Salustiano Sanchez-Blazquez, (June 8, 1901-Sept. 13, 2013) was the oldest person in the world since last June when 116-year-old Jiroemon Kimura died of natural causes in western Japan, but he ended his reign as the oldest person in the world three months later when he passed away on Friday, according to CNN on Sunday.
Salustiano, 112, affectionately known as “Shorty” to his friends, died in a nursing home in the western portion of New York on Friday. According to Sanchez, he believed his claim to longevity was in having eaten a banana a day.
He was reportedly a man with a number of hobbies to keep him busy – hobbies which included being a self-taught musician, a dedicated gardener, a gin rummy fan, and one who spent time doing crossword puzzles.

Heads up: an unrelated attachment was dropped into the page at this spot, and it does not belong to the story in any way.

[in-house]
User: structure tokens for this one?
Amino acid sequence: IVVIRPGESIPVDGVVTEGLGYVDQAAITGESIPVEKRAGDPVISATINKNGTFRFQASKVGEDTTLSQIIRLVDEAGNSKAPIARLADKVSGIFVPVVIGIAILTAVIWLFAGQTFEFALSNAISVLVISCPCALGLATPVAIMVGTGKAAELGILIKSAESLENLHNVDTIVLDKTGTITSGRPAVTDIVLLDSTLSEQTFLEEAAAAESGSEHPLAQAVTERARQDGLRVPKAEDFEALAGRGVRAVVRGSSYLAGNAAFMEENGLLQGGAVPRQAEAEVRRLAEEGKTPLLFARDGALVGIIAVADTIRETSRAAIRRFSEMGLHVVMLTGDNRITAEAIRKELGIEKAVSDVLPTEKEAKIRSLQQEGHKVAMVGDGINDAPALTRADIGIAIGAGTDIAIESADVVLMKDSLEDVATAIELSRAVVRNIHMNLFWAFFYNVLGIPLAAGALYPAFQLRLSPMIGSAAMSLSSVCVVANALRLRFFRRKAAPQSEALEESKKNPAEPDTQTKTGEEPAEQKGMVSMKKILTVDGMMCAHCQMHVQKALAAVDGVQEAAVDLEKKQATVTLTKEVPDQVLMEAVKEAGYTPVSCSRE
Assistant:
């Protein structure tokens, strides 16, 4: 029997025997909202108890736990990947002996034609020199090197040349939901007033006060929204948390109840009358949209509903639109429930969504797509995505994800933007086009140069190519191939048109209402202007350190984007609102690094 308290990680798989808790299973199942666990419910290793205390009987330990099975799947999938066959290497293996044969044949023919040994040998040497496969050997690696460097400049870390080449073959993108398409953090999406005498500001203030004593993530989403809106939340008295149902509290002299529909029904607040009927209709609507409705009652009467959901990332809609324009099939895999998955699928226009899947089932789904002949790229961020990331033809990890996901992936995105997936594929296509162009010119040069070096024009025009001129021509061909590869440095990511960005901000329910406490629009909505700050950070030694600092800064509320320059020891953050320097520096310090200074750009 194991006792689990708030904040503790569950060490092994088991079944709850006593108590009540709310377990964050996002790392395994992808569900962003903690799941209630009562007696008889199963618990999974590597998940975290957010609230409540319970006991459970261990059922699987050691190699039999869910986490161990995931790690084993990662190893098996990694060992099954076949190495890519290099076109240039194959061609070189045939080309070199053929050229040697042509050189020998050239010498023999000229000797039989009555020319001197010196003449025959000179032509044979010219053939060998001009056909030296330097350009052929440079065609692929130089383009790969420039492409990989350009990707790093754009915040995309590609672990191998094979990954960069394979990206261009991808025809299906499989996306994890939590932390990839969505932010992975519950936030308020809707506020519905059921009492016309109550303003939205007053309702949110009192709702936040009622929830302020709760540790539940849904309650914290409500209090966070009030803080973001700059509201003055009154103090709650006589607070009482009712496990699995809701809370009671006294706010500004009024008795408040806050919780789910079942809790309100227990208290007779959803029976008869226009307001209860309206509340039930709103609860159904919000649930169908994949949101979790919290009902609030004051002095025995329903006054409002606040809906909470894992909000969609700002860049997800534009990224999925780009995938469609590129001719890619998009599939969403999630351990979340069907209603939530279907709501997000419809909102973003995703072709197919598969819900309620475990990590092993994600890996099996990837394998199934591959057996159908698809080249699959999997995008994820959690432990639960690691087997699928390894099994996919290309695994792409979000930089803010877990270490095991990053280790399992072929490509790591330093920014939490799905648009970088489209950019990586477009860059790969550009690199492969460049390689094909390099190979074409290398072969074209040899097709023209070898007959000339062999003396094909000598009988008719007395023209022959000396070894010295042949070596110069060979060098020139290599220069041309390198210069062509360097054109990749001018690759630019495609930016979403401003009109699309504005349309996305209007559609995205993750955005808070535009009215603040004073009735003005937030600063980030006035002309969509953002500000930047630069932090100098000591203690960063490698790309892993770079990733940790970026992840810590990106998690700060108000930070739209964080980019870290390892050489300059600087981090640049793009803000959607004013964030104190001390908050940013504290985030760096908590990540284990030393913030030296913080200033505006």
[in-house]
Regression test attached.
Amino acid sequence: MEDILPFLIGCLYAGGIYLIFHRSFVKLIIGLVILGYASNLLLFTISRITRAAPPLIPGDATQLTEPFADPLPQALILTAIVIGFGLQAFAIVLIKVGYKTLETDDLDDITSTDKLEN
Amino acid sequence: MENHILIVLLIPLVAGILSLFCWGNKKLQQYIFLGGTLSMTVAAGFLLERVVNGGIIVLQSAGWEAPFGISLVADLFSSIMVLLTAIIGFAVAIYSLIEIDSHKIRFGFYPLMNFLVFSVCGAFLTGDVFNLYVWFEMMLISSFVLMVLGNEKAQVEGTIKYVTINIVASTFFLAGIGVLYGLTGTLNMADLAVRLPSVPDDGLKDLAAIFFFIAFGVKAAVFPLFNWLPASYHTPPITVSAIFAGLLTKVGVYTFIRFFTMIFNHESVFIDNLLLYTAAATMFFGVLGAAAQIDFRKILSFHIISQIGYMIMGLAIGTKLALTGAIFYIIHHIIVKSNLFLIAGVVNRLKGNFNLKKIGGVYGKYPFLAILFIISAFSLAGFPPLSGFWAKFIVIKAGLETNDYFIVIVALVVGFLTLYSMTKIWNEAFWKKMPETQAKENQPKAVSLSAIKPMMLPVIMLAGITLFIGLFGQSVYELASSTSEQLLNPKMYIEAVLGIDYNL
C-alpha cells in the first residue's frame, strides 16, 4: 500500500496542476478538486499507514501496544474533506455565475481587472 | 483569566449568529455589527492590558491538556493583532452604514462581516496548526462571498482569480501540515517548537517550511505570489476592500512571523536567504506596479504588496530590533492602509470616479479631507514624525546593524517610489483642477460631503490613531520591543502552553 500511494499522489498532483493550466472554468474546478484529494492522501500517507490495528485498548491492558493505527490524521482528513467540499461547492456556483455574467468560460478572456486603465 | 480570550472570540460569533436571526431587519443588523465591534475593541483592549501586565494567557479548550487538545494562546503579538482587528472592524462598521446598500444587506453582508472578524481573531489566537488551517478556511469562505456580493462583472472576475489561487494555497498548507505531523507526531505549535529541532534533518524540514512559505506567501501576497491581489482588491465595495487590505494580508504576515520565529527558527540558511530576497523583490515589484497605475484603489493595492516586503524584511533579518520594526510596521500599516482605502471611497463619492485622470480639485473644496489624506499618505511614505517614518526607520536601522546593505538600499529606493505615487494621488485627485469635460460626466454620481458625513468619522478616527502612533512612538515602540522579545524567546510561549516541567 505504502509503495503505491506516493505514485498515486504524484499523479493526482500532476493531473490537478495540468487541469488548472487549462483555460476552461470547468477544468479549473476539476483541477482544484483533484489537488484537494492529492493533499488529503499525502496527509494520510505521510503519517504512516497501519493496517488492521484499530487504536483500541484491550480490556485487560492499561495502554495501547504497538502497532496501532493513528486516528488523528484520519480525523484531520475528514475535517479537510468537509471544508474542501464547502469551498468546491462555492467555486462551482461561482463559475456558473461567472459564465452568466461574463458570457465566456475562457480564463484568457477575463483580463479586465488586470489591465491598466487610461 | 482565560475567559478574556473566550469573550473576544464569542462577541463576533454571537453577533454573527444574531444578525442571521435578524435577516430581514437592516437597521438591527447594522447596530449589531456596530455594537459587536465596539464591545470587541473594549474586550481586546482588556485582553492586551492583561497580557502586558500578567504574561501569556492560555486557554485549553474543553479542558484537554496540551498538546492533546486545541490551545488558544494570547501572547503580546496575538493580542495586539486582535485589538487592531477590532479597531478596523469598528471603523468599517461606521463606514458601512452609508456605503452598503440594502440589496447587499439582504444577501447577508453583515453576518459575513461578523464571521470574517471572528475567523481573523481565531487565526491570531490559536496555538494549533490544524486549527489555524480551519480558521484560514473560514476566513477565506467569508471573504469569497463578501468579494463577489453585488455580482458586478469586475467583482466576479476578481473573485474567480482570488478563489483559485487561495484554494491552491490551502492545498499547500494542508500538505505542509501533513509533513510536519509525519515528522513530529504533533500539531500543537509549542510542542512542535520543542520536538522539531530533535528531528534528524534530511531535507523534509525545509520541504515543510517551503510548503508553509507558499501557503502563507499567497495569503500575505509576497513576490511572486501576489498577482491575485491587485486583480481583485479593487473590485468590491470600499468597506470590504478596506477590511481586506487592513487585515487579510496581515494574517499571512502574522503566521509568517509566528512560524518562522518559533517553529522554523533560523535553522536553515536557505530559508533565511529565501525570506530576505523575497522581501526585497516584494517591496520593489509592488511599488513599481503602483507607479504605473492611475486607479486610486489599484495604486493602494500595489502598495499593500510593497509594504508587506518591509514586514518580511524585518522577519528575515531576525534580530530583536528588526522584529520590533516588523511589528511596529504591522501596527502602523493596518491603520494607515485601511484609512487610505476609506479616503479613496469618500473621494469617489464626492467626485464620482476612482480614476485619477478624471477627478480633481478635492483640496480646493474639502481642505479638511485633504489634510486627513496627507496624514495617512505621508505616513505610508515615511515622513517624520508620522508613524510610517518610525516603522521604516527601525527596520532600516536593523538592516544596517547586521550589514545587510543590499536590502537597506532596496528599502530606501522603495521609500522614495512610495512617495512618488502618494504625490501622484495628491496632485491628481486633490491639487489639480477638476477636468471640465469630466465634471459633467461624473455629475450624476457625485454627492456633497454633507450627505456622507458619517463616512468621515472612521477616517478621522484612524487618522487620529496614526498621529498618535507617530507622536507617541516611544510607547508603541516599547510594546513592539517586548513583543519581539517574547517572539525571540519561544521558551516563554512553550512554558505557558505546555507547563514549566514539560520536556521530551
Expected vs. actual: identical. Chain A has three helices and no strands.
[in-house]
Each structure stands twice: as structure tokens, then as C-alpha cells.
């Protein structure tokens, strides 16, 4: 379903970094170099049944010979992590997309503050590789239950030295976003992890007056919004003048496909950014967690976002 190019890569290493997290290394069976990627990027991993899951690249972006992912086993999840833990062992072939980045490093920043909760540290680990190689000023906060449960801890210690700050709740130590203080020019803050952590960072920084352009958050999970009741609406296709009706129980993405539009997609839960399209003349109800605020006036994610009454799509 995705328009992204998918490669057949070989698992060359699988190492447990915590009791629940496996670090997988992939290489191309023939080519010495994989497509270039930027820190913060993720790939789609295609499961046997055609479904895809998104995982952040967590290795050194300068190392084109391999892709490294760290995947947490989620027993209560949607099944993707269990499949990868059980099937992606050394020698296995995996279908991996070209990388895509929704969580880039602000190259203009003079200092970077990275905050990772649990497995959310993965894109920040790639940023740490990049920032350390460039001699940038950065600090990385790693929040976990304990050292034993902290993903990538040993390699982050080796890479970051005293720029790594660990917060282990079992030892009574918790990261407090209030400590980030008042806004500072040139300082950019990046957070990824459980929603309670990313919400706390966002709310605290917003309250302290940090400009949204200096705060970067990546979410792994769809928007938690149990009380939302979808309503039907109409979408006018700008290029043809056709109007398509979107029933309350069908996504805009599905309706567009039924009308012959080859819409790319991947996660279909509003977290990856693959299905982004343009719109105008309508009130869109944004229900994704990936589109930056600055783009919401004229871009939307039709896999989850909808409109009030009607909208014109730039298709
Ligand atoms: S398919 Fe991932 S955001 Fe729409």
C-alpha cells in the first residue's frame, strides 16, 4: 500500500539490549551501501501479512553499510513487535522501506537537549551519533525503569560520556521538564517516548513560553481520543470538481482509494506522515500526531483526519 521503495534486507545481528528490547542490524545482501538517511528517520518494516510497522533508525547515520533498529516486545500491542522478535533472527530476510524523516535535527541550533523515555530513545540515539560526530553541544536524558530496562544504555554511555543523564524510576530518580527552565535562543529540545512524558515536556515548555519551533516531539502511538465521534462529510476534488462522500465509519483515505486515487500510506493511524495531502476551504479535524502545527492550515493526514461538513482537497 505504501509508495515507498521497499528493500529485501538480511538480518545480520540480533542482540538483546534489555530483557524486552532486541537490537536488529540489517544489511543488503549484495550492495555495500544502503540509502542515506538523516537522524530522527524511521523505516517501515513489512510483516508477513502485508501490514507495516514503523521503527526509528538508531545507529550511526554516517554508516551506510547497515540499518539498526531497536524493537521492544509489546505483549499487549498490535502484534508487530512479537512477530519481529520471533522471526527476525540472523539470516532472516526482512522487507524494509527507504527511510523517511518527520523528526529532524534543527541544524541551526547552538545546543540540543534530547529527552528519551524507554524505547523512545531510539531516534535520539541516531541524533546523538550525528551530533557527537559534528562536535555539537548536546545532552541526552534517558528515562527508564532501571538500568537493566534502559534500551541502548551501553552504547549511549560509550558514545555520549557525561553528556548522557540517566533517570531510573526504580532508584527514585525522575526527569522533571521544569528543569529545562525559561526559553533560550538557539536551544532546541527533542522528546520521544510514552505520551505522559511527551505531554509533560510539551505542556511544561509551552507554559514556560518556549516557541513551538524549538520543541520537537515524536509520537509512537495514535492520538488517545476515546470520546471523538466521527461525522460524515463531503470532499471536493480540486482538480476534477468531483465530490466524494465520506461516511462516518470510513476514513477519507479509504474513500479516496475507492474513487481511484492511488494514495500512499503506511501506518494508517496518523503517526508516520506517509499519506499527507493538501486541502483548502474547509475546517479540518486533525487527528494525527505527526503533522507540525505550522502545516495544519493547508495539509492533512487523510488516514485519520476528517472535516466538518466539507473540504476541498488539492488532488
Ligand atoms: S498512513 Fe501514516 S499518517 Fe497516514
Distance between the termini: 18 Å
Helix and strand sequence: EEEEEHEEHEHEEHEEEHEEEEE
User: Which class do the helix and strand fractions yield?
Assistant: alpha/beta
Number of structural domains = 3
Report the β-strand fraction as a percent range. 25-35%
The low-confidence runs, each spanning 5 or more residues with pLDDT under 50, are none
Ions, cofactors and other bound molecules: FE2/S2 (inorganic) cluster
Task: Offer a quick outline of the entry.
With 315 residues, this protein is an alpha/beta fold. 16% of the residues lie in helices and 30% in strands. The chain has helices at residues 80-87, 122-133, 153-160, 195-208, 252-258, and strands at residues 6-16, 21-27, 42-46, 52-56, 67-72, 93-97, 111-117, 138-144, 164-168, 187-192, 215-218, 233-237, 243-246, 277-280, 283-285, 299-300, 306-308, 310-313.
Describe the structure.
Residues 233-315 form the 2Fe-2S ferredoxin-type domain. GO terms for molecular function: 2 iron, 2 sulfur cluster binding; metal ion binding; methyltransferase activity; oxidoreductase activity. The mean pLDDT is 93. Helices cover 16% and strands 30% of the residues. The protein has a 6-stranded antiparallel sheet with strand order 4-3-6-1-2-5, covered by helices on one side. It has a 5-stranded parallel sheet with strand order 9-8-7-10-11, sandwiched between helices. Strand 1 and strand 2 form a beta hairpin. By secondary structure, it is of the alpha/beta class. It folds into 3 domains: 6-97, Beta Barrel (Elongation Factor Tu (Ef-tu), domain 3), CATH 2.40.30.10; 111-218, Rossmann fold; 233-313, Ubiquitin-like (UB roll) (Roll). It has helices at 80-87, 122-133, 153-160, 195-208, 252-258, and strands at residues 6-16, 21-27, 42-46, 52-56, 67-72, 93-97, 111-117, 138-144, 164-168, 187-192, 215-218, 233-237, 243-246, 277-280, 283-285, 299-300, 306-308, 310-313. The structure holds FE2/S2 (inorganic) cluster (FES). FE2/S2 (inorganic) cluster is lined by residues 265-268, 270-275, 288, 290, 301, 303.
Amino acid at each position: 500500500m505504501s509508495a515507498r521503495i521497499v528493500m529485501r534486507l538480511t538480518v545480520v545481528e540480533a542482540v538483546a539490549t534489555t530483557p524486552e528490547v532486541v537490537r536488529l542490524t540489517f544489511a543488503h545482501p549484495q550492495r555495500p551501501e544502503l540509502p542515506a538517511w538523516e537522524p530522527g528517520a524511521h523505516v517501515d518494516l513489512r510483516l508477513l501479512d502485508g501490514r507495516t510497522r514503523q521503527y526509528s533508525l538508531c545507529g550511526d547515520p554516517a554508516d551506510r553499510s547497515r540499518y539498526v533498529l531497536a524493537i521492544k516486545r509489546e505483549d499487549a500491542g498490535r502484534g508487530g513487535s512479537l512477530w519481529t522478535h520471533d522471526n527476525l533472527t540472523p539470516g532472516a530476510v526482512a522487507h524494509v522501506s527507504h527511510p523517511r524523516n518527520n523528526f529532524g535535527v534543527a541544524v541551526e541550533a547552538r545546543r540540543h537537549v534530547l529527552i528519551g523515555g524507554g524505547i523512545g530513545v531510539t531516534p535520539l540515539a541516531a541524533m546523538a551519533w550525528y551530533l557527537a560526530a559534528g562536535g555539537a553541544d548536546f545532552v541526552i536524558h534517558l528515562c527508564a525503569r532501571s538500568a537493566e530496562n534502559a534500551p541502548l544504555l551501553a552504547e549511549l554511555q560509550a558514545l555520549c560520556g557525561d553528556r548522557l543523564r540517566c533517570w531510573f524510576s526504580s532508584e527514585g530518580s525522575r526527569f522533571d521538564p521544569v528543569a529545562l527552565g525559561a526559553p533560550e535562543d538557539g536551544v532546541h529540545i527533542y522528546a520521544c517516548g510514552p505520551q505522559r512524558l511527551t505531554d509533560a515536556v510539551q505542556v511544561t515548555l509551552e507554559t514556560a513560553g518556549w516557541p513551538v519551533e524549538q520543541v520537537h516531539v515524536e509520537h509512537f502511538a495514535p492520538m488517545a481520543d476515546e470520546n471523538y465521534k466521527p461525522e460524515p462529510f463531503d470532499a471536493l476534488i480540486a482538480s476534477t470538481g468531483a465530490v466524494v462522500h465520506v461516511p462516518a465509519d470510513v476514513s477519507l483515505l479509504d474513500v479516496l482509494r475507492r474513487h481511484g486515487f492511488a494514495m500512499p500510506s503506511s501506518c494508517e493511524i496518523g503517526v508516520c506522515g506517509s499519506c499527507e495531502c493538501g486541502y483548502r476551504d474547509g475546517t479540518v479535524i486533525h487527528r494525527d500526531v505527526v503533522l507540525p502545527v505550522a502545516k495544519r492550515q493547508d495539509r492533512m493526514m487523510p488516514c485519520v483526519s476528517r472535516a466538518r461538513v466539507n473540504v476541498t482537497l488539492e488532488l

Sanchez was born in a small village in Spain on June 8, 1901. He played the dulzania – a Spanish double-reed wind instrument – as a pro. He made extra money by having played the instrument at weddings and village celebrations. Later in life, he moved with his brother to Cuba and worked in sugar fields. By the 1920s, he had relocated to the United States via Ellis Islands and worked as a coal miner in Kentucky. After that, he moved near Niagara Falls in New York and married in 1934.
He is survived by two children, and a huge family that includes grandchildren, great-grandchildren, and great-great grandchildren.
He was designated as the world’s oldest man in the world at the age of 112 by the Guinness Book of World Records.
Though he refused to boast about his longevity, he was indeed special in that 90 percent of all the super-centenarians in the world are females, and he is the only man born in 1901 who had proof of his birth, according to Guinness Books.
Others who have claimed to be older than Sanchez did not have original documentation as Sanchez had, and the others’ claims have been found to be false.